I received a text message from my sister earlier this week that mentioned I may have some free Ticketmaster vouchers awaiting me when I next logged in to the Ticketmaster website.  So the next day, I hopped on the site and, sure enough, I have a page that listed my "active vouchers"...

courtesy ticketmaster.com
courtesy ticketmaster.com
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I had 27 vouchers awaiting me.  Apparently, a now settled class-action lawsuit has led to this... Customers who purchased tickets between Oct. 21, 1999, and Feb. 27, 2013, may be eligible for free ticket vouchers or a small discount on tickets and/or shipping.  This sounds just fine and dandy, doesn't it?  Well, there are several issues, and Ticketmaster is getting bashed for it.

One problem, you can't use the vouchers for any show.  You better have a lot of time on your hands if you're going to attempt to navigate the site and figure out all the restrictions.  On places like Twitter and various message boards, people have already expressed their disapproval about the less-than-impressive options that were being given.

There are reports of error messages and vouchers only being good at venues that are several hundred miles away from some customers.  I'm not trying to be a smart-ass, but what else did you expect from Ticketmaster?  This is the same company that will say, "Buy a ticket for (insert band here) for $50."  By the time you add on a service charge, convenience fee, taxes, facility charge, etc., that ticket is going to cost around $70.  That's something I've kind of come to expect.

So, if people end up not redeeming the codes because the show options suck or they're hundreds of miles away, then Ticketmaster wins, right?  We'll see what happens in the days ahead.  There was an update on Ticketmaster.com on June 22nd that stated: "Given the overwhelming interest, Ticketmaster is adding another $5m worth of eligible tickets so more class members can redeem ticket vouchers.  Please check back... for additional information."  How about you just send me a damn check so I don't have to go on this wild goose chase?

I was in my teens, and a huge Pearl Jam fan, when Ticketmaster's business practices first caught my attention.  It was 1994 when Pearl Jam bassist Jeff Ament and guitarist Stone Gossard went to Capitol Hill to testify before a House Government Operations subcommittee. Pearl Jam had lodged an antitrust complaint against Ticketmaster.  In short, the band felt fans were paying exorbitant service charge fees to Ticketmaster when purchasing tickets to Pearl Jam concerts.  (PHOTO BELOW: Pearl Jam's Jeff Ament and Stone Gossard)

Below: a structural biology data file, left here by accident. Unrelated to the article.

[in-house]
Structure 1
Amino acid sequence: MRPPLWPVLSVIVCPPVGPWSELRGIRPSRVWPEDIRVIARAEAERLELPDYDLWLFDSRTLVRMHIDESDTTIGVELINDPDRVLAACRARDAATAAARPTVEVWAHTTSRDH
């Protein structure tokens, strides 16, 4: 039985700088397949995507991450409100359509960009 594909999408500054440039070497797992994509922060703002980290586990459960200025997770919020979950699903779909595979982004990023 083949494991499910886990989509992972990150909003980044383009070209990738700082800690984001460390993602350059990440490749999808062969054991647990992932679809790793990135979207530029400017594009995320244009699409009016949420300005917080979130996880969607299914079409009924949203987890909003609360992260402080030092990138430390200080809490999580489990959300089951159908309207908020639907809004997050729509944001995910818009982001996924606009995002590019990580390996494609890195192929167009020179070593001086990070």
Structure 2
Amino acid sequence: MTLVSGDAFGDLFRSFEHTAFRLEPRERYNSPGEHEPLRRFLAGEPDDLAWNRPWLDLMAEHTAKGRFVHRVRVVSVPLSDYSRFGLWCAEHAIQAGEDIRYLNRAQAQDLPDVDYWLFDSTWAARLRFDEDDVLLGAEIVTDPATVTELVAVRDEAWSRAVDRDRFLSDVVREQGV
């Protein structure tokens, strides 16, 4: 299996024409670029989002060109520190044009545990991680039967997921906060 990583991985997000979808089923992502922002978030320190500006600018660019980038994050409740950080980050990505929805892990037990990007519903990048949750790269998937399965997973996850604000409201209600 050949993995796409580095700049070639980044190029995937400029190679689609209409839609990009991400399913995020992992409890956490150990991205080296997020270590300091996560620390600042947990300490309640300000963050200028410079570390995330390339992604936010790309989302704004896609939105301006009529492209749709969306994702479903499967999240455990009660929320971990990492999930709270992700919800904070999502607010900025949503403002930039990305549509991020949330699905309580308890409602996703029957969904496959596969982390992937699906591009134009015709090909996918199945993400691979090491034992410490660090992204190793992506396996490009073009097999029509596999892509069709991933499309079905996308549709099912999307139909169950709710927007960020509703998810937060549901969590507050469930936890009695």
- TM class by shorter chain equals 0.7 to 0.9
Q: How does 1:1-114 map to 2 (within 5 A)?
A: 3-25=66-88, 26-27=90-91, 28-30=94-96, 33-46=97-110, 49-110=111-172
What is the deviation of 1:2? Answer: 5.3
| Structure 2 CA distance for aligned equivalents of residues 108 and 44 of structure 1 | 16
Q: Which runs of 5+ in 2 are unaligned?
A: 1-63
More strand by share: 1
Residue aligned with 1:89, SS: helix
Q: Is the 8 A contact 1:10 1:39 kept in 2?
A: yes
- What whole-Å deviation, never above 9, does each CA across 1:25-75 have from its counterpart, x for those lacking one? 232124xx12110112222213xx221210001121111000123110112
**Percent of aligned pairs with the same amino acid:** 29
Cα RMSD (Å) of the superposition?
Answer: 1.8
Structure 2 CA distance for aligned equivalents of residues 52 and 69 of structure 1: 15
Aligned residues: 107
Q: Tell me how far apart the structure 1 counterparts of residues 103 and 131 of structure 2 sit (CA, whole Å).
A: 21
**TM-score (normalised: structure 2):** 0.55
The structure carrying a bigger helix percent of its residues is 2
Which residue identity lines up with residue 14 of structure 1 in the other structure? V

pearl jam
Christopher Martin/CQ Roll Call File Photo
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I guess I'm kind of split on this whole Ticketmaster fiasco.  Maybe I'm just used to getting screwed over?  Part of me feels this way... of course Ticketmaster is going to try to screw you out of every last penny they can!  They're a huge American business... that's what they do!  Ethics don't apply.  It's all about the Benjamins, baby!  With the Pearl Jam thing in the mid-90's, I vaguely remember it being said that Ticketmaster felt this way... "if Pearl Jam is too stupid to make us much as they can, then we (Ticketmaster) will."

I was recently on ticketmaster.com, and was one click away from buying tickets to a show.  I was wavering back-and-forth.  The price was just a little too steep, plus it was going to be a challenge to make the 90-minute drive there and back.  Ultimately, I backed out.  To me it's just kind of supply and demand.  I don't pay attention to all the bulls*&t fees and charges.  Just this... what is my total cost?  When the click on the $79 ticket ended up being $109 with all the B.S, it had become too much for that particular show.  In this case, I concluded that it wasn't worth it.  We all have choices.

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